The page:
An epiphany on Justice

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Marcus Luttrell, 3rd from right. All the men in this photo except for Luttrell died during Operation Red Wings.

As you may have noticed, I’ve returned to blogging for the time being. I’ve regained a bit of my mental energy and am nearing the end of my tour in Afghanistan, headed back to see my wife and kids in Germany. I feel good–strong–though still ready to breath the air of a functioning country.

Currently I’m reading Lone Survivor, by Marcus Luttrell, a former Navy SEAL who was involved in Operation Red Wings, in Afghanistan, 2005. Red Wings resulted in the largest single-day loss of American life in Operation Enduring Freedom.

In the book, Luttrell recalls his training at Coronado Beach, BUD/S (Basic Underwater Demolitions School). Needless to say, the training is brutal, particularly Hell Week. Luttrell makes an enlightening observation in the chapter covering Hell Week. He says that the instructors not only tried to make the training incredibly difficult in order to weed out the physically weak, but that they also tried to offend the trainees’ sense of justice. The instructors wanted to see who would continue even when the world was going places it shouldn’t go, even when people were assaulting the Tao, as C.S. Lewis may call it. This struck me, because in my time in the Army, it has never been the physically rugged efforts required of Soldiers, or long hours, or even the dangers of being in a war zone that made it difficult. It was the times my sense of Justice was offended. A 12-mile forced ruck march sounds like fun to me but a Non-Commissioned Officer breaking a rule makes me want to hit him in the kneecaps with a crowbar. a senior Soldier speaking down to lower-enlisted Soldiers drives me up the wall; it’s completely unecessary and rooted in the same psychology that 4th grade bullies have.

After reading this, it occured to me how easy it is to try to walk away when Justice is not done. Instead of standing and fighting, instinct sometimes tells us that we should move on and find Justice somewhere else. But we’ll never find it unless we fight for it.

We should not accept injustice nor should we ignore abuses of power in high places. We should continue to do what is right and drive on, calling out weasels, sycophants, power-mongers, and slackers wherever we find them.

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6 thoughts on “An epiphany on Justice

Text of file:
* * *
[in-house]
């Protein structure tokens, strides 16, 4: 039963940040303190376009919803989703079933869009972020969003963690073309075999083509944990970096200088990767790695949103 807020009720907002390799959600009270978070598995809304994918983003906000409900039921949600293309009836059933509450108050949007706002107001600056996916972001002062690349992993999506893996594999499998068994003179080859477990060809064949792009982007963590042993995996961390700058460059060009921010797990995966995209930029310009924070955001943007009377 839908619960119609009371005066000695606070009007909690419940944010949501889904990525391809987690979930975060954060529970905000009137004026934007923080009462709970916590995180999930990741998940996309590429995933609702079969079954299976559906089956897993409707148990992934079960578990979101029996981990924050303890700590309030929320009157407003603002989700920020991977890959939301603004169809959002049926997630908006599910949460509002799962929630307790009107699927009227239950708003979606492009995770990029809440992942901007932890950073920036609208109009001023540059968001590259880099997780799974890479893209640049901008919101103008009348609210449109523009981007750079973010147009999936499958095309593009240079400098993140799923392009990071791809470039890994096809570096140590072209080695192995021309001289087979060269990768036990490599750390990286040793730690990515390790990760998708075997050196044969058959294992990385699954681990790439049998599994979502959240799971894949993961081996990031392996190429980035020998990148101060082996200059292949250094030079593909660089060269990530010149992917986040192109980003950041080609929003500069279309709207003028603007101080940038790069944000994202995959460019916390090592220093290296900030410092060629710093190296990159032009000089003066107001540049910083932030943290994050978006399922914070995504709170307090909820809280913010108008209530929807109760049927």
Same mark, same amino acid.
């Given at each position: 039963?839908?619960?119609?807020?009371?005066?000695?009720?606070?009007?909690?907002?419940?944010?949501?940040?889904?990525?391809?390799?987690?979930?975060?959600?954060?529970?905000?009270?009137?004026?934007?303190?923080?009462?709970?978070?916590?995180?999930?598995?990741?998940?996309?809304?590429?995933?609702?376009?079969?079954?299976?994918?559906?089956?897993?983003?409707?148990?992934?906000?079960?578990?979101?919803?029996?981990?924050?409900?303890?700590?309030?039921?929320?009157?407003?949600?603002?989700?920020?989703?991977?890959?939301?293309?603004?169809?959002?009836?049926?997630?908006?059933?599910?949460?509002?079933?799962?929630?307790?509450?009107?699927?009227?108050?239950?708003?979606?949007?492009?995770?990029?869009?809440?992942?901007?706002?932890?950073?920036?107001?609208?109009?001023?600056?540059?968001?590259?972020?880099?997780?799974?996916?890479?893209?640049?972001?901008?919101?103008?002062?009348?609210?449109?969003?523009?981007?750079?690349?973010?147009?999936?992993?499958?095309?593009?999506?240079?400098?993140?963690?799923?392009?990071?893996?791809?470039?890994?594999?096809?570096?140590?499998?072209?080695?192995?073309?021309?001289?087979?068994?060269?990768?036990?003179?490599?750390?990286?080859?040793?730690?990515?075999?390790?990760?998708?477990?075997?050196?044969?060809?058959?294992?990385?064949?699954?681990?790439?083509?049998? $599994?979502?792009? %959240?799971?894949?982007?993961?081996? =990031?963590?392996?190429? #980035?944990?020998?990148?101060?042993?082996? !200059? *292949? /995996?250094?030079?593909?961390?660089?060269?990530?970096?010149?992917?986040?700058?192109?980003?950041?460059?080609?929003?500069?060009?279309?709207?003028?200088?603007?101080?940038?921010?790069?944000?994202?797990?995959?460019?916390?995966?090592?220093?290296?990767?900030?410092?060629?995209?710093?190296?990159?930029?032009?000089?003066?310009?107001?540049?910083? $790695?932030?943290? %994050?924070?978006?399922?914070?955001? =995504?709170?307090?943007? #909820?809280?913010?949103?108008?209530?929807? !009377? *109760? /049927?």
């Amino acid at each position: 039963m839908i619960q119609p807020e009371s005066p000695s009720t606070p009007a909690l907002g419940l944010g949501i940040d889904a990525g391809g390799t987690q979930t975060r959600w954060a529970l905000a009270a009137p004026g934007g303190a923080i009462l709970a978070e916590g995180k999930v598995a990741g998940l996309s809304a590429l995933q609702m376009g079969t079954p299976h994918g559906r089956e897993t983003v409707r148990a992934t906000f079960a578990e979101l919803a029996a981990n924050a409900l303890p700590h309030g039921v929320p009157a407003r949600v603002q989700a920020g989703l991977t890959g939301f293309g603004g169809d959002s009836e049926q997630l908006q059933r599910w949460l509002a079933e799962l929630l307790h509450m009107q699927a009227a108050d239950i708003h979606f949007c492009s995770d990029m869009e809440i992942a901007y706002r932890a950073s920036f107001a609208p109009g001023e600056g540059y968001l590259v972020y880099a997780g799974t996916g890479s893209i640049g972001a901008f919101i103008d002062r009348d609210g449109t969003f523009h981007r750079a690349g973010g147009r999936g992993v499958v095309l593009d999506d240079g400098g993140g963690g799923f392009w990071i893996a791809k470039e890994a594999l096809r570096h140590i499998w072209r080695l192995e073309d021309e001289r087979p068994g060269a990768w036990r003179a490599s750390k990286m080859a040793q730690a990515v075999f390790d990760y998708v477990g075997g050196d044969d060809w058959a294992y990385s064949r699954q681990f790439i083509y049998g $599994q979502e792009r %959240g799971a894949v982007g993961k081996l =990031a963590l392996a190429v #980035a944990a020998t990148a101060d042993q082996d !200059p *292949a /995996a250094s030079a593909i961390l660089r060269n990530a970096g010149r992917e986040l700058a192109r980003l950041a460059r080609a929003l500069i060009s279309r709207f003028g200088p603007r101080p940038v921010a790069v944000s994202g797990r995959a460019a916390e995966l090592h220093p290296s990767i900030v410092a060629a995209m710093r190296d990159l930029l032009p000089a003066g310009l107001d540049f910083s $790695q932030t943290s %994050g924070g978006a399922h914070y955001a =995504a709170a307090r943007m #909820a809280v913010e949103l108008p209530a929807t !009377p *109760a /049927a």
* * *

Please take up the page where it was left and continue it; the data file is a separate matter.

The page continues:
Lou said:
    May 27, 2011 at 1:19 pm

    I read “Lone Survivor” a few years back. It is an amazing, heart-wrenching book. You make a good point.

    Cal said:
    May 27, 2011 at 9:50 pm

    Welcome back — I’ve missed you but then I have pretty much stopped posting as well due to a lot of turmoil in my own life. I have always found your opinions and insights to be thought provoking and I frequently pass them on or quote them. In this instance I totally agree with you regarding how to treat people in general and the ranks in particular. I always made a point of calling all of my subordinates by their rank and name. I learned early from one of my sergeants that giving orders was a sign that you lost control of your self and the situation. Much later my battery won an award for the best trained unit in the corps. The real irony is that the training consisted mostly of me explaining what we had to do, how we should do it, and then when the evaluation came just telling everyone this was for real and they should do their best. I always found respect of others returns respect to you. Glad you are back.

    magus71 responded:
    May 28, 2011 at 10:45 am

    Thank you, Lou and Cal, for continuing to read.

    Amos Volante said:
    May 30, 2011 at 1:55 am

    This is the challenge we all face every day in public service, but in the military elite forces it makes a more immediate difference.

    If you’re no willing to call out an idiot immediately, people may die…

    Immediately.

    WTP said:
    May 30, 2011 at 6:24 pm

    Excellent post. It’s reassuring to know there are a few people left who feel this way. While I’m not as absolute in my expressions, I’m still way further out there than “civil” society is willing to accept. Fortunately it amuses me when simple facts of life that are viewed by main stream civilization as being “out there”, once the years pass and inaccurate perceptions of reality lose out to reality they come around. Of course the cultural “leaders” then spin it as if they knew such all along, but I’m learning to enjoy my private laughs.

    BTW, last paragraph you mean “accept” not “except”. Done it myself once or twice…

    magus71 responded:
    May 31, 2011 at 5:54 am

    Roger. Grammatical error noted and addressed 🙂

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